The Presage line has sixty models, each rendered in variations of traditional Japanese materials, including enamels, lacquers and porcelain that impart a multi dimensionality to the dials. All the Seiko movement innovations are in play, with neat slim cases that lay smoothly on the wrist, are utterly non-obtrusive and a welcome break from the clunky sleeve shredding watches of the mid-teens.
“Seiko has a unique ability to seamlessly combine art and utility, and has done so from our first products, released in the early 20th century,” said Teruyo Ishimaru, Seiko’s Director and Senior Vice President as we watched the Statue of Liberty off the starboard bow of the party yacht.
“Our embrace of Japanese craftsmanship, aesthetics and spirituality can be seen in all of our products and is revealed as you look at them and use them. Their longevity and widespread adoption speaks to their form as well as their function. Our other lines are driven by an equal commitment to a balance of art and science.
“Look at the porcelain craftsmanship in the dial of the Presage Arita, representing a 400-year -old Japanese tradition or the techniques of enamel and Urushi lacquer, painstakingly applied to the dials of some of our limited edition models,” Ishimaru continued. “Its lineage dates back to ornamentation on the armor of Samurai warriors. Seiko is constantly refining our past to shape our future.”
While the Prospex line is carried on its heritage as an adopted American icon, the Presage line leverages Japanese heritage through education. Presage is a product that begs an explanation to fully understand what’s been involved in bringing each model to life.
In terms of a halo effect, there’s a direct line between the sensibilities of the Grand Seiko line and Presage, with features, such as the lauded spring drive, shared between the two brands. If anything, Presage is Seiko’s attempt to tell the story of Japanese artistry, specifically through its dial treatments, and tout Japanese technology with the movements behind them.
Each Presage model has its own story to tell. Seiko chose Shippo, a type of enamel developed in Japan in the 17th century, for its SPB073 ($1,600) and SPB075 ($1,400) models. Applying this enamel is a multi-step process conducted by Ando Cloisonné, a specialist manufacturer in Nagoya with over a century of history. Craftsman Wataru Totani paints the glaze by hand onto the surface of the dial, which is then fired at 800 degrees Celsius. The painting and firing processes are repeated several times to ensure the evenness of the enamel and smoothness of the surface. The deep blue of the long-lasting enamel evokes the blue color of the seas around Japan, while the dial pattern echoes the continuous motion of the waves that break on its shores. Knowledge of this process turns a casual buyer into a legacy consumer.
On display in the center of the boat’s party room were a bevy of Presage watches, each a nod to the past. Seiko’s Presage Arita features porcelain dials, ala pocket watches of a hundred years ago, shining with a deep brilliance under the exhibition lights like miniature plates in a dollhouse.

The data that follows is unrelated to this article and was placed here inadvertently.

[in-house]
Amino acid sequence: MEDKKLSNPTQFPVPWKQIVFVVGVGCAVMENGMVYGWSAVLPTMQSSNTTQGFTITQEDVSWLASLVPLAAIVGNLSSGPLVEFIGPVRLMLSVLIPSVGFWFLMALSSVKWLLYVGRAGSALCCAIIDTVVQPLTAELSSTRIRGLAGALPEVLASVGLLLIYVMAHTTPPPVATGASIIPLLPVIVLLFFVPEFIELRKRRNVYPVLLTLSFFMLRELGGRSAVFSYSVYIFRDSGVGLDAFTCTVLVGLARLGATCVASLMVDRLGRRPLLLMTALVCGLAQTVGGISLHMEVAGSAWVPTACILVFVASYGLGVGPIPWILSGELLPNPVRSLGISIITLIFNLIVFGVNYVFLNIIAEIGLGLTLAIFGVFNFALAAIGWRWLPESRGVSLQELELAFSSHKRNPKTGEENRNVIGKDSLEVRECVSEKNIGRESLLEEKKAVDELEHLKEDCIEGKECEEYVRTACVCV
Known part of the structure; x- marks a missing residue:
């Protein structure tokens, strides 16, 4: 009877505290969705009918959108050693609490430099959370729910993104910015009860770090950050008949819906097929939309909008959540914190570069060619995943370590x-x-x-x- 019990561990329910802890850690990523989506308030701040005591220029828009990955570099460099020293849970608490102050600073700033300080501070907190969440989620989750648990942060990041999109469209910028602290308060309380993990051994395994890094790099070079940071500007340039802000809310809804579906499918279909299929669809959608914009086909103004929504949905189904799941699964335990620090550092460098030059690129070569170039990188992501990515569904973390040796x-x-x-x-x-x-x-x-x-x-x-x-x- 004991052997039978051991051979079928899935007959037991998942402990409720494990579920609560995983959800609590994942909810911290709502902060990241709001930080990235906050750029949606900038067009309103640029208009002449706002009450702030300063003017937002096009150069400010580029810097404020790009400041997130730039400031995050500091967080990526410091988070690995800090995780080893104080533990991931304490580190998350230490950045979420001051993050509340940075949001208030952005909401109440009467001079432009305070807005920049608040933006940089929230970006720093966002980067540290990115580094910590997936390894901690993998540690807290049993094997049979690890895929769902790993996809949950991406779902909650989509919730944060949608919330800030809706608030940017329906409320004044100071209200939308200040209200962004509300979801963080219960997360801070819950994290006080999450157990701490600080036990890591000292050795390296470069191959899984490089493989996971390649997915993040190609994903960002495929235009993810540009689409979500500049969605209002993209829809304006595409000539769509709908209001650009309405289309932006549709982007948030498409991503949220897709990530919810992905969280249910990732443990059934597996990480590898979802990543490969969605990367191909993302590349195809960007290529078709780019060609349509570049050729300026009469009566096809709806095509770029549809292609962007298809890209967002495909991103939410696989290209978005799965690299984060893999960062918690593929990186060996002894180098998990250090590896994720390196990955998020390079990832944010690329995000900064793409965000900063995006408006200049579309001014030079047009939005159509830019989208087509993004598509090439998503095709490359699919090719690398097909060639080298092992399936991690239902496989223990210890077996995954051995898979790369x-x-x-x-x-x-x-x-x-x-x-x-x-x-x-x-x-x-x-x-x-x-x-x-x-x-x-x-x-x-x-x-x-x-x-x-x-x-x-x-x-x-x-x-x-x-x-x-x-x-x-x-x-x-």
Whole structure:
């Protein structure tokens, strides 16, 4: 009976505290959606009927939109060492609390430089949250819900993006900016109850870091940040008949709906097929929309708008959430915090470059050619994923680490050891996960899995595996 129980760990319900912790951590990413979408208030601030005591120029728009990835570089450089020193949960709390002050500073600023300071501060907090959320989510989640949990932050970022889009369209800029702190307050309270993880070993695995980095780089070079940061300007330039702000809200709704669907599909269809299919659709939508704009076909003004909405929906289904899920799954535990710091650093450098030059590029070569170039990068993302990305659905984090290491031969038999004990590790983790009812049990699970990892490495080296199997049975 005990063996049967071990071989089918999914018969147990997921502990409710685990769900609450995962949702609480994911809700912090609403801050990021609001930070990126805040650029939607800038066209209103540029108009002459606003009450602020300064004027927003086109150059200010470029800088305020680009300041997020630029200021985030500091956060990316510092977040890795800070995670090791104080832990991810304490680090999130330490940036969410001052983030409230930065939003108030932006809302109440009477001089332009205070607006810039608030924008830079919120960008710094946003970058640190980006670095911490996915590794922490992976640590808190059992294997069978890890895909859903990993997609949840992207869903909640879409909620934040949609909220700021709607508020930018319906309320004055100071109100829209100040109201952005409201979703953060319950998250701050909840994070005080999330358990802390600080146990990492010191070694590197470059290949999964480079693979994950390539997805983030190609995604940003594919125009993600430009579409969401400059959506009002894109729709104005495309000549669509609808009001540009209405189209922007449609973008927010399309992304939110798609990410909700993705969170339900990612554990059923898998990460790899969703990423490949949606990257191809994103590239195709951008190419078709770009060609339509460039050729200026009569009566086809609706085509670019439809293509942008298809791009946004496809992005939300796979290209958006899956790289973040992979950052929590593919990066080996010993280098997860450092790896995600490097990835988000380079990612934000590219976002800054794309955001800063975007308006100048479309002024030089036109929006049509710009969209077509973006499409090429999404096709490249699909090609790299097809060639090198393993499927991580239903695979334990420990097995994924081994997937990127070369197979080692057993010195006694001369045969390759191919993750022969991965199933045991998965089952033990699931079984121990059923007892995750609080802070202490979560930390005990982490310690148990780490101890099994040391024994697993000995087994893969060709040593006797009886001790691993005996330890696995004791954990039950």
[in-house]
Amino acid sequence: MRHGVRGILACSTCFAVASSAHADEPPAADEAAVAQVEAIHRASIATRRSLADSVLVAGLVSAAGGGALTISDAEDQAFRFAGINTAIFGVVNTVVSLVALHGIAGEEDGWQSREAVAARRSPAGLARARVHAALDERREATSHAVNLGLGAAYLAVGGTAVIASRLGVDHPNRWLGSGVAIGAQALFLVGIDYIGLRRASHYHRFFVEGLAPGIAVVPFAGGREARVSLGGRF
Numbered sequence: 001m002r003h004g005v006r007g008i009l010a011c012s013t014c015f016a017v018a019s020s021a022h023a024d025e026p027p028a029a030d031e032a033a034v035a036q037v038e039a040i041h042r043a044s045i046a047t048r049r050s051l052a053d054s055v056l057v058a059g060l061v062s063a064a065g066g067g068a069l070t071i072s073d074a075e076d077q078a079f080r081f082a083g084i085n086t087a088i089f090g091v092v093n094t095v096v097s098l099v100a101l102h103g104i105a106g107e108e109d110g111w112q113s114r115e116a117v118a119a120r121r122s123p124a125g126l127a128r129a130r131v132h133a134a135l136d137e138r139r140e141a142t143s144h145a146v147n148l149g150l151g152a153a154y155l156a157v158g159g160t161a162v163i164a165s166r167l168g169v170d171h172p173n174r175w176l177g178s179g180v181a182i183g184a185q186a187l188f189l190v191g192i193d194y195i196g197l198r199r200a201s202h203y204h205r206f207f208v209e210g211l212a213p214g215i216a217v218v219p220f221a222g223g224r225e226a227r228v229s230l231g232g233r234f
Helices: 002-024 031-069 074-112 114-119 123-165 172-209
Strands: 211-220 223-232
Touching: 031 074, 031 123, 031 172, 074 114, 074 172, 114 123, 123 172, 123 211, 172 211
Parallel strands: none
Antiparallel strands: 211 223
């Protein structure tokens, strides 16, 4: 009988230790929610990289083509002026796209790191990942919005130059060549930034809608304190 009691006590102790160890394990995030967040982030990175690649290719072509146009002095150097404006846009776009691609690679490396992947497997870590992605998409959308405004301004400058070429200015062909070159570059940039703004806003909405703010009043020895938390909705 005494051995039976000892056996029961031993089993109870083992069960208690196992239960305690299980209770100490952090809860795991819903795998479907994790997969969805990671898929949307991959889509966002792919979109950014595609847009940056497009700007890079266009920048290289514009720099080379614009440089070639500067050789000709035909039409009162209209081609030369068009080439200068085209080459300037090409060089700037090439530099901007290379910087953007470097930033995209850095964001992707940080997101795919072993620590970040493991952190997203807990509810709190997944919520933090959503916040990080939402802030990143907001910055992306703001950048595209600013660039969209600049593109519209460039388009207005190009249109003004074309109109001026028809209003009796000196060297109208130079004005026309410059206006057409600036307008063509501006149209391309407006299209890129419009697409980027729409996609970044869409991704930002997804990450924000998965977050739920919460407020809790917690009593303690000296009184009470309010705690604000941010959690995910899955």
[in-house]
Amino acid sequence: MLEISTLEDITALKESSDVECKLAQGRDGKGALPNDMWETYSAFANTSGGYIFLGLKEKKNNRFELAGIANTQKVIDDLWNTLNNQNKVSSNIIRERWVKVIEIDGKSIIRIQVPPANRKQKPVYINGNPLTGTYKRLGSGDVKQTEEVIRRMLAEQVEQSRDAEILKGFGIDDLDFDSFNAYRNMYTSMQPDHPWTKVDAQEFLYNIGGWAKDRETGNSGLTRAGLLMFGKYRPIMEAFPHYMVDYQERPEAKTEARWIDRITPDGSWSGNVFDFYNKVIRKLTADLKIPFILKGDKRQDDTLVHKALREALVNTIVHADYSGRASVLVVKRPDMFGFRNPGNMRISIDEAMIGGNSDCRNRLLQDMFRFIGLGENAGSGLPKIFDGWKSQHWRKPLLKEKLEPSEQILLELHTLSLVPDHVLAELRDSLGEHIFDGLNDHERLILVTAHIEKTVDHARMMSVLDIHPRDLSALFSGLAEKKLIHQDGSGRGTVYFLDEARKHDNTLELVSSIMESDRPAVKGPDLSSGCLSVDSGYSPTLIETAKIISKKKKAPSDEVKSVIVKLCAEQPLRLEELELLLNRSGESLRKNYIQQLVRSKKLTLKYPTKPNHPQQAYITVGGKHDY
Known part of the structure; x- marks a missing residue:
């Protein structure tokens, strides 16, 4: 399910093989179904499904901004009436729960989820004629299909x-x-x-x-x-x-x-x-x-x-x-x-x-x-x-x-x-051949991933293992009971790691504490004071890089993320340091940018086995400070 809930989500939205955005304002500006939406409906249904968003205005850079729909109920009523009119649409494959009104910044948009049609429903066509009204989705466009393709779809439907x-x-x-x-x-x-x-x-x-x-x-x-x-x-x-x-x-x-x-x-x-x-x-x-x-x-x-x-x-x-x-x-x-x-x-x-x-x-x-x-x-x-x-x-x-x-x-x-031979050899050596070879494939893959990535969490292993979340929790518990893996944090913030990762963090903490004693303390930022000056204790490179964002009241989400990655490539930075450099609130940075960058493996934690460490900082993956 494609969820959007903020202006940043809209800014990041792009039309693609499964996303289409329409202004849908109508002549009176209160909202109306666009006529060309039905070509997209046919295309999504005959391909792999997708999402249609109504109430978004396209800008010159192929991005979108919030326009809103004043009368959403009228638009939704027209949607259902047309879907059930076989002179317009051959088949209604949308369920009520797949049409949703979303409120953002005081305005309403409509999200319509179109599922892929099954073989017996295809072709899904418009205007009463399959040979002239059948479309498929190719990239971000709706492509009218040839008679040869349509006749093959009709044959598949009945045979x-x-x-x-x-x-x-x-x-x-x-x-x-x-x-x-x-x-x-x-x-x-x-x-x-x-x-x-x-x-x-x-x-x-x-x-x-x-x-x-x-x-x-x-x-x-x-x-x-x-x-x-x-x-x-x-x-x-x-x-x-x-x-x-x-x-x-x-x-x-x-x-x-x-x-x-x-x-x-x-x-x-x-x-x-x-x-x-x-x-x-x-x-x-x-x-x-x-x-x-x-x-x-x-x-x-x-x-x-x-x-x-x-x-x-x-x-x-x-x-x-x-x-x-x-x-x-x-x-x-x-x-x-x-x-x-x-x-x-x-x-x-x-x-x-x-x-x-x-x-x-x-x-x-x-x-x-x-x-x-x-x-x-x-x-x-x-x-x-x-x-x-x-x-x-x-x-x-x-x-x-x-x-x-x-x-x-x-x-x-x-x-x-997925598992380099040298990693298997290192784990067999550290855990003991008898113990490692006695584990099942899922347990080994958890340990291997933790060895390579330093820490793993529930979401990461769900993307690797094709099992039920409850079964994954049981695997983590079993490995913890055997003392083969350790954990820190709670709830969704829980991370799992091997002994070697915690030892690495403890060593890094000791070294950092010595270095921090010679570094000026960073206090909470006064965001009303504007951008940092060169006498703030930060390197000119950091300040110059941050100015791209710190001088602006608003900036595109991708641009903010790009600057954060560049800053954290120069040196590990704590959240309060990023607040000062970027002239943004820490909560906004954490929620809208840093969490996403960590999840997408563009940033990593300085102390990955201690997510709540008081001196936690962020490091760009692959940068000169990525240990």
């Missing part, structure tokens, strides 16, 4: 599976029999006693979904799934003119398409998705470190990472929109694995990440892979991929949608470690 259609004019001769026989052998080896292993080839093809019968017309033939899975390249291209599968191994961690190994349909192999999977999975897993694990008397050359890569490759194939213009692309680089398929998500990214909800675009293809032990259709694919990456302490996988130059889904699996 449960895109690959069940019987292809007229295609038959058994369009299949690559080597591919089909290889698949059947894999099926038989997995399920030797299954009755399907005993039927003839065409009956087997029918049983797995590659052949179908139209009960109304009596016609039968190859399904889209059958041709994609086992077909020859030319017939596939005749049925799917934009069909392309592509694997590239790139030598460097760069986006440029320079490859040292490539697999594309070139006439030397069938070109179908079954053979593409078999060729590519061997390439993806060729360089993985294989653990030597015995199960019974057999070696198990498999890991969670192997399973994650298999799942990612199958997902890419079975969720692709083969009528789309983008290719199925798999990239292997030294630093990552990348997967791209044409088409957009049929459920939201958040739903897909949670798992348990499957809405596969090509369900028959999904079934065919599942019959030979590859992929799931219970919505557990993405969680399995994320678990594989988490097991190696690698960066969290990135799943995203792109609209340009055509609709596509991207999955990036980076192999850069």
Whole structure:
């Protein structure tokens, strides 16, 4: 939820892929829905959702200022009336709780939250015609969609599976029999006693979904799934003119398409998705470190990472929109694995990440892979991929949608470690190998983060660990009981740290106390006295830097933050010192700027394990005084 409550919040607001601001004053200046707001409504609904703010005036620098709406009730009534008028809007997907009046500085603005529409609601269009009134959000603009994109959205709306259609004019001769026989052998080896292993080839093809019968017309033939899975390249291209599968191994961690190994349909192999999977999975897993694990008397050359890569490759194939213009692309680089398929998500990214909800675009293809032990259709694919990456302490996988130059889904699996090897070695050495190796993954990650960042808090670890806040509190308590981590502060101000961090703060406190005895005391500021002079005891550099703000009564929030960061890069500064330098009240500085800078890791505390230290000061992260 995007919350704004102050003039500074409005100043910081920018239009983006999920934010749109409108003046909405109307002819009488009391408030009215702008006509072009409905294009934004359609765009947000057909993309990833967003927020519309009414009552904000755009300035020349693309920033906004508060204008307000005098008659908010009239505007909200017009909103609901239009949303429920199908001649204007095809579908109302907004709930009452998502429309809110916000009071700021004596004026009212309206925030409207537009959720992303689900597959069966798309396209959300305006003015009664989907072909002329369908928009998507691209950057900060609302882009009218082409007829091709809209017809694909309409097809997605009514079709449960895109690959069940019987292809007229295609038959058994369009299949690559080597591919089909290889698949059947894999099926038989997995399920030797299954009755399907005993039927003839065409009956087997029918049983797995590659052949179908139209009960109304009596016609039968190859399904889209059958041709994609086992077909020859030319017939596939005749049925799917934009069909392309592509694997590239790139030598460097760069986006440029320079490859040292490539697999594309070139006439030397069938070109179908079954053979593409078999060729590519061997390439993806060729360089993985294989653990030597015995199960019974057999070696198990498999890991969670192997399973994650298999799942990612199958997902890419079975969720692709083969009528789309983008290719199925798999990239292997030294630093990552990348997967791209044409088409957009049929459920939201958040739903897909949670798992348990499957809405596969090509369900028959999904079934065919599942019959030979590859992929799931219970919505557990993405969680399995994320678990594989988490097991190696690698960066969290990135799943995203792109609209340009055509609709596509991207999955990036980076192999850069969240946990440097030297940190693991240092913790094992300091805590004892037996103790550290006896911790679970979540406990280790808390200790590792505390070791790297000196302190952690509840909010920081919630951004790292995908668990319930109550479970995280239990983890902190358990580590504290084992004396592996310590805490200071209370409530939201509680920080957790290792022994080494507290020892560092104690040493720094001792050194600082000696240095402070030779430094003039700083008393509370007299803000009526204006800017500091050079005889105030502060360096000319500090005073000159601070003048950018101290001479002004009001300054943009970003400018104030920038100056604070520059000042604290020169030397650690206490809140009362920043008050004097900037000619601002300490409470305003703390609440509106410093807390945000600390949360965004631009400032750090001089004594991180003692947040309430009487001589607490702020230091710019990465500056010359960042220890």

The Presage dials are made at a workshop renowned for its skills since 1830; master craftsman Hiroyuki Hashiguchi worked with Seiko to adapt this material to these watches. Rather than apply the porcelain onto a metallic base as with other techniques, the porcelain material itself forms the base of the dial and a special mold is used to create its unique shape. A host of technical advancements has allowed Arita porcelain to form high-strength, three-dimensional dials, hand glazed and crafted in a multi-stage process combining watchmaking innovation with a legacy technique. These models include SPB093 ($1,900) and SPB095 ($1,700).
The Presage Urushi Byakuden-nuri limited edition was another outstanding watch on display, exemplifying the Seiko philosophy. At first glance it appears to be a black-dialed gentlemen’s watch with neat inset power reserve and day date display. But a closer look reveals the depth in the dial, because it is coated with Urushi lacquer, processed from the sap of the Japanese lacquer tree.
With a history dating back to Japan’s Jomon period (13,100 BCE-400 BCE) each Urushi lacquer dial is the product of a multi-step process produced in the studio of Urushi master Isshu Tamura in the Hokuriku region of Honshu, Japan’s main island. Byakudan-nuri, a technique once used to decorate Samurai armor and specially selected for the limited-edition model, produces almost translucent reds and blacks and is found in model SPB085, a limited edition of 2,000 pieces ($2,500).
For a brand like Seiko to be fully appreciated it has to be understood, and this requires the same kind of high-touch approach that the company is conducting with its retailers. Each line, each dial, each movement has a story worth telling, and helps create evangelists out of customers.
Seiko has taken an incredible amount of effort for the company to evolve from the PX’s the world to a brand worn on the wrists of the world’s most well-heeled collectors. And Seiko has successfully completed the journey. The next phase of this program lies in the hands of the remaining U.S. retailers, which now have the products, knowledge and tools to enable the brand to fully realize its potential in this market.